With energy consumption increasing worldwide, it’s the need of the hour to come up with saving strategies. Since old buildings are responsible for consuming a large portion of a nation’s energy (40% of energy consumption in the US can be attributed to buildings; commercial buildings account for 18% of UK’s carbon emissions), it’s prudent to look at them as potential avenues of improvement.
- Retrofitting for energy efficiency
- What is retrofitting
- Benefits of retrofitting old building
- Common challenges of retrofitting old buildings
- Process of retrofitting with smart solution – step by step (ClevAir example)
How to reduce buildings energy consumption
But how do you go about reducing the carbon footprint/energy utilization of a giant building? Do you tear it down and hire a green construction team to rebuild a smarter variant? Or do you revamp it by using cutting-edge software and hardware, giving it a new life?
Certainly, reconstructing huge buildings at scale isn’t a sustainable strategy. However, retrofitting old buildings and making them more energy-efficient sounds like a better (albeit tricky) idea.
Researchers from the London School of Economics hypothesize that if historically-significant, medieval buildings were retrofitted, England’s energy consumption would decrease by 1.3%. This would mean that the country could potentially save £1.7 billion in energy consumption over 7 years, while also decreasing the CO2 emissions by 8.9 million metric tons.
What is Retrofitting?
Retrofitting, in the context of buildings, can be defined as adding new components (hardware and/or software) to a property, to make it perform better.
There are different kinds of retrofits old buildings can benefit from; seismic retrofits that strengthen a building and increase its resistance against earthquakes; insulation retrofits which help in moderating a building’s temperature; or smart energy retrofits, which use energy efficient systems and automation to make even the oldest buildings consume lesser energy.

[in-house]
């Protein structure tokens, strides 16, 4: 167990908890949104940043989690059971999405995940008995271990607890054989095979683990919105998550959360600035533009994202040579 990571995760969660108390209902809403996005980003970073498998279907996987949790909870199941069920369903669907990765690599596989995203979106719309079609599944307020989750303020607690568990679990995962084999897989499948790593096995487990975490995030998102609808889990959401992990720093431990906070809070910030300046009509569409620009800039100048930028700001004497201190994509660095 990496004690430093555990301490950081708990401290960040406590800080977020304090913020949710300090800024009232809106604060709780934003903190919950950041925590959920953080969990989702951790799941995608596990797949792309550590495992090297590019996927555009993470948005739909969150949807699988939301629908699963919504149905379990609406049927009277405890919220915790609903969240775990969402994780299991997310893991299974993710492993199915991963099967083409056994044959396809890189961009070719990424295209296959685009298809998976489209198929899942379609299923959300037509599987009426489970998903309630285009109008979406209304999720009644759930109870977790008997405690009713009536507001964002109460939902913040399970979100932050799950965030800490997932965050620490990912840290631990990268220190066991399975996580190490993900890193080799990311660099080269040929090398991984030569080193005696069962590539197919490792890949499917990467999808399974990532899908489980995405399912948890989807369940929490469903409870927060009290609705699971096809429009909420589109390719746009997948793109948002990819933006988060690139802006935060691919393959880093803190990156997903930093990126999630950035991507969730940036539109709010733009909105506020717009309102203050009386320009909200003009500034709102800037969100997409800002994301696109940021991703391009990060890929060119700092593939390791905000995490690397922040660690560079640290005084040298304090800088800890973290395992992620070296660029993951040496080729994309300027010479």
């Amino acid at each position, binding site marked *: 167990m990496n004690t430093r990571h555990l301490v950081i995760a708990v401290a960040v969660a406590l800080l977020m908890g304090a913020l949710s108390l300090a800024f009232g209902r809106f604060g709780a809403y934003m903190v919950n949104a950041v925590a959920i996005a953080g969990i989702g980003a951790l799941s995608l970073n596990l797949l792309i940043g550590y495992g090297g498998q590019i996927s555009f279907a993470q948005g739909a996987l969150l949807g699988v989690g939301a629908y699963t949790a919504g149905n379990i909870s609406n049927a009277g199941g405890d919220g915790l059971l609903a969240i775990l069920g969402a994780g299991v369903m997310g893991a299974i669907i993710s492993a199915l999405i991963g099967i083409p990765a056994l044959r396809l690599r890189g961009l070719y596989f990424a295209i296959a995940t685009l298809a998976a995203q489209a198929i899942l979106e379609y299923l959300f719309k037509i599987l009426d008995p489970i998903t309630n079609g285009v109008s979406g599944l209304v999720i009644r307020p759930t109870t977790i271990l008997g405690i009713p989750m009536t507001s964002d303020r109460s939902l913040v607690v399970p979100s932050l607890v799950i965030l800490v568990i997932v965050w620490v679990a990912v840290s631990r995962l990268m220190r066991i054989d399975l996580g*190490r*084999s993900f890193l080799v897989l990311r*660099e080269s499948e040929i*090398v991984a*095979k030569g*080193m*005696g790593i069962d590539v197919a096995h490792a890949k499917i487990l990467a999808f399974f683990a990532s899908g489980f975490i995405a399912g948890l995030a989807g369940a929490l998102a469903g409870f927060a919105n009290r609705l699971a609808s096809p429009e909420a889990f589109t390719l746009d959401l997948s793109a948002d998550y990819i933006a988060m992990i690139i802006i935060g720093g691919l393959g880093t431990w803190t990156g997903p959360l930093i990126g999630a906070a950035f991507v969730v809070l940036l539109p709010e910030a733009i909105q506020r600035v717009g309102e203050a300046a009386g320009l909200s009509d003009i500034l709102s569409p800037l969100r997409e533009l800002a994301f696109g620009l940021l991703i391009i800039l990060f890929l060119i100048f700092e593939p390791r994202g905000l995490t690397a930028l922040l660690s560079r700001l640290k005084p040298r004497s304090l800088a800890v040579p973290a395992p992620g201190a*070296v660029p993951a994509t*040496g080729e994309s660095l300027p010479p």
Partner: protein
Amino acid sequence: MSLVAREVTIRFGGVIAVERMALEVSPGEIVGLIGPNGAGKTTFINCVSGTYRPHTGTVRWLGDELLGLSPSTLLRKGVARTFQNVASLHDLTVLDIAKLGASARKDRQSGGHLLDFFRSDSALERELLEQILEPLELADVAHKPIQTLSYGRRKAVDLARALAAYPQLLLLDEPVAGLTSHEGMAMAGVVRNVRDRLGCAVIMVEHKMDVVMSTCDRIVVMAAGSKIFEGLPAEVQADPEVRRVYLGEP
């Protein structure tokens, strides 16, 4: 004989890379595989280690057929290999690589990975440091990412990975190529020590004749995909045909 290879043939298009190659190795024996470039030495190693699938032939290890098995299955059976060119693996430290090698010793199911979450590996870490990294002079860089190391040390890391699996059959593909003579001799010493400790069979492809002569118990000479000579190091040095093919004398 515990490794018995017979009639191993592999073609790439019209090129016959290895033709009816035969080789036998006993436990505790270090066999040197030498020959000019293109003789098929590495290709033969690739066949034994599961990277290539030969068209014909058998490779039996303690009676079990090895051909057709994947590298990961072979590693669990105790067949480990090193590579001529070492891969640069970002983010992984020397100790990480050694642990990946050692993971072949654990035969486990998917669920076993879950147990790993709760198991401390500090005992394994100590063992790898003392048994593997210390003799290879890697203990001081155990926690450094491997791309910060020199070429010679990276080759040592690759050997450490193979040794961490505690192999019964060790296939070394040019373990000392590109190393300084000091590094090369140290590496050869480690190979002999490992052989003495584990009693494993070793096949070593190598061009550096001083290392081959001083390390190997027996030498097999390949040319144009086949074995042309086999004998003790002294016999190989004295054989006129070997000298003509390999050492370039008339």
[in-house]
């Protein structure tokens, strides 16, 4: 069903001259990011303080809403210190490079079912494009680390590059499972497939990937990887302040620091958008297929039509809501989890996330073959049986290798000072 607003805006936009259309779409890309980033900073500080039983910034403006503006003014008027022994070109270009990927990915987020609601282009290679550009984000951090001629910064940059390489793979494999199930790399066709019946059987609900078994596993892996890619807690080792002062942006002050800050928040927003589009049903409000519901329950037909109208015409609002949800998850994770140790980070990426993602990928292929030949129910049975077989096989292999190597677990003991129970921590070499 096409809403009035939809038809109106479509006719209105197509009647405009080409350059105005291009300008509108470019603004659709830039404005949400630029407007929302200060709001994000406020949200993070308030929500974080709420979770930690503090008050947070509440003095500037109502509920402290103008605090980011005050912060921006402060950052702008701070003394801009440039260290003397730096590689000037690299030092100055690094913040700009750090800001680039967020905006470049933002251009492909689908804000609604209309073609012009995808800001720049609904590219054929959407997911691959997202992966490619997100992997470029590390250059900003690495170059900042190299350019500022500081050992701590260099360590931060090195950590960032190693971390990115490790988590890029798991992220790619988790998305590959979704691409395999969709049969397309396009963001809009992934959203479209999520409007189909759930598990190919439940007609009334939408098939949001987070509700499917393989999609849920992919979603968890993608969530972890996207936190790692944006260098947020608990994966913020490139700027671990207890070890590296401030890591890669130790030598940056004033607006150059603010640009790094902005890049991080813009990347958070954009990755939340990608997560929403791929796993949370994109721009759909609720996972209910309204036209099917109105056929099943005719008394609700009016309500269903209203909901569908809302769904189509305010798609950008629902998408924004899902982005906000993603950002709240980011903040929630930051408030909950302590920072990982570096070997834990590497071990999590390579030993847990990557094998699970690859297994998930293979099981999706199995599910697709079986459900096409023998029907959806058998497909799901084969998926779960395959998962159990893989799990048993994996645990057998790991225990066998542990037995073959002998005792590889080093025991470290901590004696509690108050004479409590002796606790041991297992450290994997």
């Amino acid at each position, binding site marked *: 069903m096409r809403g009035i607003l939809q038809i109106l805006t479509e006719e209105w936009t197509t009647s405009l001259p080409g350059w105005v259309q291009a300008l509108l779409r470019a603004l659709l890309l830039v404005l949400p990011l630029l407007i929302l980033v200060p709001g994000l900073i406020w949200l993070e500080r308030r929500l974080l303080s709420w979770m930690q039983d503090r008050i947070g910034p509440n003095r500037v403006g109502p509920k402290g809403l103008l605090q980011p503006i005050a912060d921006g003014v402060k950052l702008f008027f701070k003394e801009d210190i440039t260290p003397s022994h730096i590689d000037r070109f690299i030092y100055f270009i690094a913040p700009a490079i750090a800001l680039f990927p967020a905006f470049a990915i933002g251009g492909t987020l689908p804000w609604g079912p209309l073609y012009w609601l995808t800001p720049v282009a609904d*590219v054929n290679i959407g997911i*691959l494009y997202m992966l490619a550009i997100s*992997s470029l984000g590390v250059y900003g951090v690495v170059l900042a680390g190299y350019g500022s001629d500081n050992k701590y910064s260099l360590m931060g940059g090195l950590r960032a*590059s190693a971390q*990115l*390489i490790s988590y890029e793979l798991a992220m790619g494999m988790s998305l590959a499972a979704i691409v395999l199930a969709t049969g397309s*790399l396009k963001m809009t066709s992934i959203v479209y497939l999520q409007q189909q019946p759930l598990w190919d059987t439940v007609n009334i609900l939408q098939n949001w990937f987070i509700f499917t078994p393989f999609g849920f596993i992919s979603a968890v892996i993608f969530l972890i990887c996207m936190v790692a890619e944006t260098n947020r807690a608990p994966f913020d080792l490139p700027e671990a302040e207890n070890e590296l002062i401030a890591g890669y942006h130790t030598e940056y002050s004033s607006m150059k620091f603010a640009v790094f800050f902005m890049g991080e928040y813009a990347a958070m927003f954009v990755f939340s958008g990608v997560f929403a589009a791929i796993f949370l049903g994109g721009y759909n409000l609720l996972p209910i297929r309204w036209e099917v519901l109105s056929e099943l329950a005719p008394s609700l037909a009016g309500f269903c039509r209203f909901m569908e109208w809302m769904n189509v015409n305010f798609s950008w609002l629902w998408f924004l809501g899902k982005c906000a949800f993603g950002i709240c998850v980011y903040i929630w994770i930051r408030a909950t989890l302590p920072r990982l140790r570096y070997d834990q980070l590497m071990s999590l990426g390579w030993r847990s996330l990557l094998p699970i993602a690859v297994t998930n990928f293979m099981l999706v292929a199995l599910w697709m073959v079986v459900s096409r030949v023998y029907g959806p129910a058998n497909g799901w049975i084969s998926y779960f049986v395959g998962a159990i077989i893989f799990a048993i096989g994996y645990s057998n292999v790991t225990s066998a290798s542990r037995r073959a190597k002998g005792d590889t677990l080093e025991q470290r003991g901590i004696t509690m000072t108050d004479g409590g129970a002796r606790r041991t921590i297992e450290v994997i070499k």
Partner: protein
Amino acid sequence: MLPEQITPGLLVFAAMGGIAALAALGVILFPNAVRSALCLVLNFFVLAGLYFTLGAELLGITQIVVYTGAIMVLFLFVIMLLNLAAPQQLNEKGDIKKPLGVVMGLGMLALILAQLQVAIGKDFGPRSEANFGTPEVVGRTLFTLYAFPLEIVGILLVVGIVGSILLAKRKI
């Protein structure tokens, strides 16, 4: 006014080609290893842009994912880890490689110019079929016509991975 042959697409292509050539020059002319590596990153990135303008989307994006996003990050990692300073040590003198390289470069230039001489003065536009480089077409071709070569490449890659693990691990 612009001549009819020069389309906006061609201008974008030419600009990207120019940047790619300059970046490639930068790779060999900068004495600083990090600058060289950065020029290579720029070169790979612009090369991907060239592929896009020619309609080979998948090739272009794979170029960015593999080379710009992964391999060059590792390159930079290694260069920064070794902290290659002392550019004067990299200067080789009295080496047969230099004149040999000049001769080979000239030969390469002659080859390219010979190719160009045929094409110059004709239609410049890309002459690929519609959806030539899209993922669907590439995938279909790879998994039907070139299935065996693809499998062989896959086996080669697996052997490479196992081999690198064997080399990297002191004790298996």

In the following sections, we will be talking specifically about the smart energy and automation retrofits that can significantlly decrease an old building’s energy footprint.
The Why of Retrofitting
Be it an apartment complex, or a fulfillment center; any old building could do with a smart retrofit. Here are a few reasons why:
1. Attract more tenants
With every passing year, more people are becoming weary of the many pitfalls of climate change. They now realize that everyone must play their part in keeping our planet green and clean.
That’s why occupants are willing to pay more for energy-efficient, smart buildings that leverage technology to reduce their carbon footprint. According to a Johnson Controls survey, 70% tenants believe that the ability to smartly predict and solve problems is a “game-changer” technology.
2. Competitive positioning
As a business owner, you want to stand out. You want to have a strong competitive advantage. A smart building helps you do just that.
Since you spend a lot less on energy than your competitors, you can afford a heftier maintenance budget. In addition to this, you can also charge high rental rates for the better living standard that you are offering. Your property increases in value owing to the high demand and superior environmental consciousness. This is one of the reasons why the smart building market is expected to grow to 105 billion dollars by 2024.
3. Easier, cost-effective operations and maintenance:
Buildings equipped with state-of-the-art management software (like ClevAir) can be managed from a central dashboard. No more rushing to a different building every day to fix trivial issues; engineers can access most machines/sensors remotely.
4. Reduced energy bills:
Retrofitting old buildings has always guaranteed energy savings. Customers of ClevAir have reported between 14 to 35 kWh/m2/year in savings over the years.
5. Energy consumption and carbon benchmarking:
As an environmentally conscious building owner, you need to benchmark your energy consumption. For example, here is how different office buildings in the Scandinavian areas fare against each other: